Miller explained, “Once you’ve used the TCU to set the shift tunes on the transmission, the second switch allows you to go back and forth between the two preset shifting programs. The manual option puts the transmission in gear select. You engage the gear select mode by putting the shifter in the fourth gear position and then turning on the manual option. Then the buttons provide electronically instantaneous shifts. However, if you’re in fourth gear in manual mode when you stop, you have to manually downshift because it’s operating as a true full manual.”
Adapting To The Times
Because the late-model, electronically controlled 4L80E transmission was being hooked up to an early-model NP203 transfer case, alterations and an adapter were needed to properly mate the two and make them work together. This was where the greatest work and alterations came in to play during the transmission swap. TCI supplied an adapter kit (No. 50-1410) from Advance Adapters for this purpose.
It included an adapter housing, new 32-internal spline input shaft, input gear bearing, gaskets, seal, fastening hardware, and instructions. The adapter also fit a factory GM transmission mount. The adapter assembly fits 1971-1979 GM NP205 transfer cases with a figure-8 front bolt pattern, and it’s designed to replace the 10- or 27-spline male inputs. If the GM NP205 is equipped with a 32-spline female input, the new 32-spline input included in the kit will not be needed.
First, the output shaft of the 4L80E automatic transmission had to be shortened. This is not something to be done lightly, as you do not want to mess this up. If you’re performing a swap similar to the one we were engaged in, and are uncomfortable with the task or don’t have the proper tools, our advice is to have a professional machine shop do the work. The output shaft must be cut to exactly 4.5 inches in length from the end of the transmission housing. Orin Euller at Advance Adapters told us, “The transmission is meant for a two-wheel drive truck, and if the output shaft is any longer, it will bottom out in the adapter’s new 32-spline input gear.”
When replacing a TH350 automatic or a four-speed manual transmission, the input bearing size on the NP205 must also be increased. The 32-spline input gear is a stock GM unit that was used on one-ton trucks only. That required the NP205 to be disassembled and machined to accept the adapter kit’s 32-spline input gear with its larger bearing size of 3.543 inches. Again, this is a job that, unless you have the tools and skills, is best left to a professional machine shop. Our tech’s have the skills, but not the proper machining apparatus in our shop, so this was sent out for work.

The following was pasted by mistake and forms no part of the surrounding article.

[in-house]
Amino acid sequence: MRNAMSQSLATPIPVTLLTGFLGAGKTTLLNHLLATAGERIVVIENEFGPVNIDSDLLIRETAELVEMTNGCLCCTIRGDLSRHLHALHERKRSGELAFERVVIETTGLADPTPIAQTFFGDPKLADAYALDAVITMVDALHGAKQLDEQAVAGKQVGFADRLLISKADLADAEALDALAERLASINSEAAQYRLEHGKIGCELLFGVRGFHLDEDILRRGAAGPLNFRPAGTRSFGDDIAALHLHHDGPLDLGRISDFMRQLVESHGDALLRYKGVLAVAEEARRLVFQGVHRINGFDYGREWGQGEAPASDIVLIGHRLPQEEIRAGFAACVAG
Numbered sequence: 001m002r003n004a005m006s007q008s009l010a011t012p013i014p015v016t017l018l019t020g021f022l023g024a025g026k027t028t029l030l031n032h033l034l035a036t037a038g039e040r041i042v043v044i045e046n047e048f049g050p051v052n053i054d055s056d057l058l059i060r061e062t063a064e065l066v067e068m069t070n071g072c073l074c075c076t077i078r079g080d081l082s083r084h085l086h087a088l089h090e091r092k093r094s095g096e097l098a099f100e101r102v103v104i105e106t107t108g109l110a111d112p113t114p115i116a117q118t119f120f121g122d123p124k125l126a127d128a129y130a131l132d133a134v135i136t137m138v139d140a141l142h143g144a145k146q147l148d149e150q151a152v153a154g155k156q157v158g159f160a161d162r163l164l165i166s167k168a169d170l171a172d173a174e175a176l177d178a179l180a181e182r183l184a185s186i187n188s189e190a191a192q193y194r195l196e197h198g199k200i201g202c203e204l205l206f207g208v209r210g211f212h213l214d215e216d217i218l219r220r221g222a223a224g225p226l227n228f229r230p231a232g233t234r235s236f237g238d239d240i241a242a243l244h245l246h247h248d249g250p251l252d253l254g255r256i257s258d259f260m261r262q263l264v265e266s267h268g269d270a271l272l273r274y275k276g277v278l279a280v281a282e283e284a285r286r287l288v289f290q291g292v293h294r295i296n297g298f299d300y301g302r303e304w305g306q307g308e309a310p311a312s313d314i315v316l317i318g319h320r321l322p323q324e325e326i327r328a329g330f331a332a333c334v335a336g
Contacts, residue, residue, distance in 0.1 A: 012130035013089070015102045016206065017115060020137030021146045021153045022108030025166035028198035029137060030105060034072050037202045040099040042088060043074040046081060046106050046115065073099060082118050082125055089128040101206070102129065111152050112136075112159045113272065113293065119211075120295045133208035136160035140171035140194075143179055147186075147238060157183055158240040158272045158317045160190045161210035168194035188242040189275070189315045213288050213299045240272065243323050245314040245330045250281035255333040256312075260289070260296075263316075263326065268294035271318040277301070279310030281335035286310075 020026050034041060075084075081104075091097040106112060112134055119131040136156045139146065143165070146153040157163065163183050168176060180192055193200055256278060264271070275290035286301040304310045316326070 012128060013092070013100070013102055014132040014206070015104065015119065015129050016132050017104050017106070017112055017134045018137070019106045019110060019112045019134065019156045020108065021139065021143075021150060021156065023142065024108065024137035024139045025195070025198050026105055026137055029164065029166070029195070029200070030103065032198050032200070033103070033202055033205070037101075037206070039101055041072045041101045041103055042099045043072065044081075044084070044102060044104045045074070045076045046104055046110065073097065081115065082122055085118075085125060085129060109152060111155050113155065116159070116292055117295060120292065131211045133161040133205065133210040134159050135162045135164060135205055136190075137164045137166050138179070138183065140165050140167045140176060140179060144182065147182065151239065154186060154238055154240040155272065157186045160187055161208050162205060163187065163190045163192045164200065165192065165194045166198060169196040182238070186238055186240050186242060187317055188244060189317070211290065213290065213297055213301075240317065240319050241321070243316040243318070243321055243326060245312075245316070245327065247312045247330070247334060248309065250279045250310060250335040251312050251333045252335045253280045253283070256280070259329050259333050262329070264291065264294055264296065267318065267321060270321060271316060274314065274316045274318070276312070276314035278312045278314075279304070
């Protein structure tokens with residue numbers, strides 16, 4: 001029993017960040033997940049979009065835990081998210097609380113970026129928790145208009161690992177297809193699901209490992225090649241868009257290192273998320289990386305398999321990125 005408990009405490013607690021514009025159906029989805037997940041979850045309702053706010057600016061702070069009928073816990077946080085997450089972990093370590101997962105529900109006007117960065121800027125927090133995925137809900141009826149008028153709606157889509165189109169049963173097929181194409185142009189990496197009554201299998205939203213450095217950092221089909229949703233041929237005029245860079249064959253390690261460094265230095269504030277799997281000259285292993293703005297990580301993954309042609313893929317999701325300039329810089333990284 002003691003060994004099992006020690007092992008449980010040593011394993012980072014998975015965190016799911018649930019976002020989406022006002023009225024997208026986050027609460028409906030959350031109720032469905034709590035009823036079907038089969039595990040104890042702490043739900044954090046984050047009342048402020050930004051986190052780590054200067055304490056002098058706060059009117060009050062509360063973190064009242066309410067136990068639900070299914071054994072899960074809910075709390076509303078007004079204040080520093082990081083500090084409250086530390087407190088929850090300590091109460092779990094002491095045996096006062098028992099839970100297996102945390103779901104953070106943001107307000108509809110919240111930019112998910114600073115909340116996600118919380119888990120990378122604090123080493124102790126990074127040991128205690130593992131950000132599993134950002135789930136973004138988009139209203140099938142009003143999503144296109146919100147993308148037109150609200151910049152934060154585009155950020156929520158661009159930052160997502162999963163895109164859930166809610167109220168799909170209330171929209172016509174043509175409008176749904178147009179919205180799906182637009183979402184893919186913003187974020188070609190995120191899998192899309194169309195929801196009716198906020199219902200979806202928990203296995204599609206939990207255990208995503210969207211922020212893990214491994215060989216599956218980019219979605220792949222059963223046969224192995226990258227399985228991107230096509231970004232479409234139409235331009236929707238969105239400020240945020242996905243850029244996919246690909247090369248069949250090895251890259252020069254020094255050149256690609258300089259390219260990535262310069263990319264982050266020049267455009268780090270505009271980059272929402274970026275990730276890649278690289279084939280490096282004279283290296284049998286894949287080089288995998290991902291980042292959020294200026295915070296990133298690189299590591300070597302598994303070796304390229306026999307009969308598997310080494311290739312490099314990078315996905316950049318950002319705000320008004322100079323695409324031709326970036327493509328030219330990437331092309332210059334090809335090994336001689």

The 4-inch thick adapter housing came bolted right to the back of the 4L80E, so that was no big deal. However, since the new transmission was longer than the TH350 it replaced, the original transmission crossmember could be reused, but needed to be moved rearward on the frame about 3.5 inches.
We bolted the crossmember up to the 4L80E once we had it mated to the NP205, and held the entire assembly in place with a transmission jack to know exactly where we needed to drill new mounting holes into the Blazer’s frame rails. Of course, movement of the transfer case position meant we needed new front and rear driveshafts. Careful measurements were made and then new shafts were procured. We also had to alter the shift lever to the NP205 transfer case.
One of the best things about our EZ-TCU system is that it’s plug-and-play. – Scott Miller
Because it was moved back with the longer 4L80E transmission, the NP205’s shift lever had to be bent to reach the transfer case’s linkage, and remain in its original trans tunnel hole location. It seemed that we were almost done.
All that was left was to fire it up, and do the programming through the hand-held interface to the TCI EZ-TCU unit. Once the TCI 4L80E was fully installed and ready to drive, we basically turned the hand-held programmer on, and then its Setup Wizard software walked us through the steps to get it set up. Now came time for some test drives.
The system worked beautifully. We could feel the difference in shift control and firmness immediately, and it was lots of fun to work the Outlaw shifter and run the new 4L80E through its bases in the old Blazer. It made the 383 feel like a much larger engine too, as it seemed that the power came on quicker through the TCI 4L80E than it had with the TH350.
The owner could not have been happier. Wayne told us, “It’s made an amazing difference. When driving it conservatively, it feels like I’ve got a new Suburban or Tahoe! Smooth shifting all the way through. Throw a switch and you go from mild to wild, chirping the tires with precise shifts! This beast of a trans is quite the chameleon. It will adapt to whatever environment it’s put in.”